At length, the assistant I saw the day prior emerged, spotted us, and said she would get the doctor and went into the back room. I was losing faith that she actually would procure any doctor at all. After a few more minutes a UPS delivery guy arrived and had a package for which he needed a signature. Even he had a respectable wait before Dr. den Boer managed to make an appearance, but at 2:45 PM she met him, signed, and spent several minutes opening the package and explaining to me and the other client that the contents needed to be refrigerated. Dr. den Boer was not young the first time I met her, and that was several years ago. Now she moves very slowly, hunched over, though her voice is clear and her mental faculties seem intact. Her hearing has deteriorated, as the other client discovered in conversation--Dr. den Boer had few words for me, for some reason.

She apologized to the other client for not being here: she had been socializing with some friends and found it difficult to extricate herself from the conversation promptly. She told that client that she had to go in back to find a smaller pet carrier--the client's resembled a pup tent--to transport her cat, who was here for a neutering. She went into the back room and I waited a few more minutes before picking up Bella's carrier and quietly slipping out of the office. I apologized to Bella all the way home, for dragging her out into the windy afternoon and keeping her cooped up in the cramped waiting room. She didn't enjoy the noise of traffic and found no comfort in the scents of other animals. We stopped by Calhoun Pet Supply where I got her a special treat of wet cat food, which I split with Toki so he wouldn't feel jealous.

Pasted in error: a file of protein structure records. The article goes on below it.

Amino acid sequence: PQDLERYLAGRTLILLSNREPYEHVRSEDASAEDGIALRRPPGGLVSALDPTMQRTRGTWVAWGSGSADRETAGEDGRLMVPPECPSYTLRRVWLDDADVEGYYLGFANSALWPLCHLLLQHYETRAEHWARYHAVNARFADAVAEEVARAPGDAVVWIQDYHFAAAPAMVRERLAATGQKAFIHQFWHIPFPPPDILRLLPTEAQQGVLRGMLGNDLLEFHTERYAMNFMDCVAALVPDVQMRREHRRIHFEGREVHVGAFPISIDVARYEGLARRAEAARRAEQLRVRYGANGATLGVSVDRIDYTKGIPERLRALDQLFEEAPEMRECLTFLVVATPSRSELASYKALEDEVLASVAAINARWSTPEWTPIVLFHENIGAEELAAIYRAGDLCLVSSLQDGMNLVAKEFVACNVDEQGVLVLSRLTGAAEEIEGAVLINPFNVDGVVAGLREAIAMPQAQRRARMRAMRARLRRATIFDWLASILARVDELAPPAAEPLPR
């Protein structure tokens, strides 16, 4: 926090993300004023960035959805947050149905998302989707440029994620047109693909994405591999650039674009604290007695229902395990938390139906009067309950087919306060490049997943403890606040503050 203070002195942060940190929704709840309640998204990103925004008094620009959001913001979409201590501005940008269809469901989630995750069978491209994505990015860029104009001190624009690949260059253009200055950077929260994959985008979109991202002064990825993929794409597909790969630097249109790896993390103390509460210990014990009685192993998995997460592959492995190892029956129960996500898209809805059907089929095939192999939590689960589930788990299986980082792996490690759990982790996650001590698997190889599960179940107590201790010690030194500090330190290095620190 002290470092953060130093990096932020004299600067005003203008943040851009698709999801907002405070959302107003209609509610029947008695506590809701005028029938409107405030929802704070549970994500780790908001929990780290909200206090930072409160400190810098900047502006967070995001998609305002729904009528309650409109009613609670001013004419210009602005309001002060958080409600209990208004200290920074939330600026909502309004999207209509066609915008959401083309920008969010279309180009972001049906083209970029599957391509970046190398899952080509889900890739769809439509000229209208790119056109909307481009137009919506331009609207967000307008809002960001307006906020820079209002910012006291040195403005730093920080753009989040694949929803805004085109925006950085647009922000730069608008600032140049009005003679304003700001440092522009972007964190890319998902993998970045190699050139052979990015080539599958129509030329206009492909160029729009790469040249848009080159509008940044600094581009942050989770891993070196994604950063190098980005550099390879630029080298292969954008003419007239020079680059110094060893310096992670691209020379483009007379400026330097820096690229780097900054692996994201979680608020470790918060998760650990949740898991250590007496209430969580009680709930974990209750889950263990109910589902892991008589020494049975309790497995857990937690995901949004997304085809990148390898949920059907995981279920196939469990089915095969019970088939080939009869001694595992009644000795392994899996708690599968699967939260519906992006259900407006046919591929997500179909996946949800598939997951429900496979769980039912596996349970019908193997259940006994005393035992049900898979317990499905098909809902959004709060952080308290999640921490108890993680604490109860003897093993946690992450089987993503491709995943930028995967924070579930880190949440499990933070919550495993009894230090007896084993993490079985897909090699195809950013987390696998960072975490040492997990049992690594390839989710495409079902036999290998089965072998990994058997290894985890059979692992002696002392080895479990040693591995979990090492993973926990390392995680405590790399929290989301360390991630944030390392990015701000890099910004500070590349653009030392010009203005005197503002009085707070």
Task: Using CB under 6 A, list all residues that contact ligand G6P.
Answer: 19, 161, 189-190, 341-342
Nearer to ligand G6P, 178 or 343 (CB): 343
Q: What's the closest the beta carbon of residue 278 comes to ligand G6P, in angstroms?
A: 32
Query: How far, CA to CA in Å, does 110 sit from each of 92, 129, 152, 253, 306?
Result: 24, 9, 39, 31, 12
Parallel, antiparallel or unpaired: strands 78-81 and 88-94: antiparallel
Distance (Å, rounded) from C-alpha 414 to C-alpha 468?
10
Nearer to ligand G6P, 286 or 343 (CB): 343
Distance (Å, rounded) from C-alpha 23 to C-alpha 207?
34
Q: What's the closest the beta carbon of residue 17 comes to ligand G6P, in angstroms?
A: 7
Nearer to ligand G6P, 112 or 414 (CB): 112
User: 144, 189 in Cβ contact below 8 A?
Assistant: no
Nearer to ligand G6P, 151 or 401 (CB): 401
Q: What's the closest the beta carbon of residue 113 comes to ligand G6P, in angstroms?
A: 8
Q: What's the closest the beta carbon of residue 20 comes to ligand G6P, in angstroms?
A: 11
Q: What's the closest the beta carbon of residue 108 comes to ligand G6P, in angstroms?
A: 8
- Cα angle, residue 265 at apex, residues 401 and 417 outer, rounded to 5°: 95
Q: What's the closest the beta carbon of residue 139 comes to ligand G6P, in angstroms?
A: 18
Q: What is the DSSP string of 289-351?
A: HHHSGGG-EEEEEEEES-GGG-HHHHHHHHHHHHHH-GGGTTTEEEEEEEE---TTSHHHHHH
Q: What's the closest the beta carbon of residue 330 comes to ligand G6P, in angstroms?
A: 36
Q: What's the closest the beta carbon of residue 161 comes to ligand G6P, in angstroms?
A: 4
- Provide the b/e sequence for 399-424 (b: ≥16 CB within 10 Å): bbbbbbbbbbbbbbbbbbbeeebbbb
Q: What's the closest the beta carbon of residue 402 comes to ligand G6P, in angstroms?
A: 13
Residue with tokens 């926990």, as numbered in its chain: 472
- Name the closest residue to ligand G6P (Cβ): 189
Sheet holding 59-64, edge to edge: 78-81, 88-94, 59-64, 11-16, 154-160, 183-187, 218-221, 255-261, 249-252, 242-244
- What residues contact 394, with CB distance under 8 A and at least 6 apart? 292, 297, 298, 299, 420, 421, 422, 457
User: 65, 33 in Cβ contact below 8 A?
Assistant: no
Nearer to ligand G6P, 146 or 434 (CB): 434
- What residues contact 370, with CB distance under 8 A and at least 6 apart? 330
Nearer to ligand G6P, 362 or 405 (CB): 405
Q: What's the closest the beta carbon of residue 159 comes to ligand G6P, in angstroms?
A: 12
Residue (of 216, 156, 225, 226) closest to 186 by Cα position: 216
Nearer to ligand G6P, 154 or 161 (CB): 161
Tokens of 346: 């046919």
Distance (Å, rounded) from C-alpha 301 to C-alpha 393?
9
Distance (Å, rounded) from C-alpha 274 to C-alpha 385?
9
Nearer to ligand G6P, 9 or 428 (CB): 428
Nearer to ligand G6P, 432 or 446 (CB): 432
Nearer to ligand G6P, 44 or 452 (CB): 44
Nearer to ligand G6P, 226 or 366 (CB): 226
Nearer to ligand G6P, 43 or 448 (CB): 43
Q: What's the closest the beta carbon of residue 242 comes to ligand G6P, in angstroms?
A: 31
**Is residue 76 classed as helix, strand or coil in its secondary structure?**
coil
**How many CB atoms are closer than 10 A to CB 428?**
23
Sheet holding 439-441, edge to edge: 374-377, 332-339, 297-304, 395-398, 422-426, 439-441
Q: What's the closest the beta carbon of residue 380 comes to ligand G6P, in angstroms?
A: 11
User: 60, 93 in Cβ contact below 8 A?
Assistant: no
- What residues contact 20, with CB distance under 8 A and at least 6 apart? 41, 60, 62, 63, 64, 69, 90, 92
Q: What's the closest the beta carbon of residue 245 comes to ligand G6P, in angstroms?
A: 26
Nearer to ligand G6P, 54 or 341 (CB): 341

I'm quite upset about my experience with Dr. den Boer. All these years, I've been recommending her to friends and family, extolling her based on my one positive experience with her. But this time around I could hardly have been treated worse, short of actual belligerence. She was irresponsible about her afternoon's appointments, and my faith in her ability to carry out her duties deteriorated rapidly. It got to the point where I actually came to fear for my pet's well-being and did not relish the idea of leaving her to this doctor's care.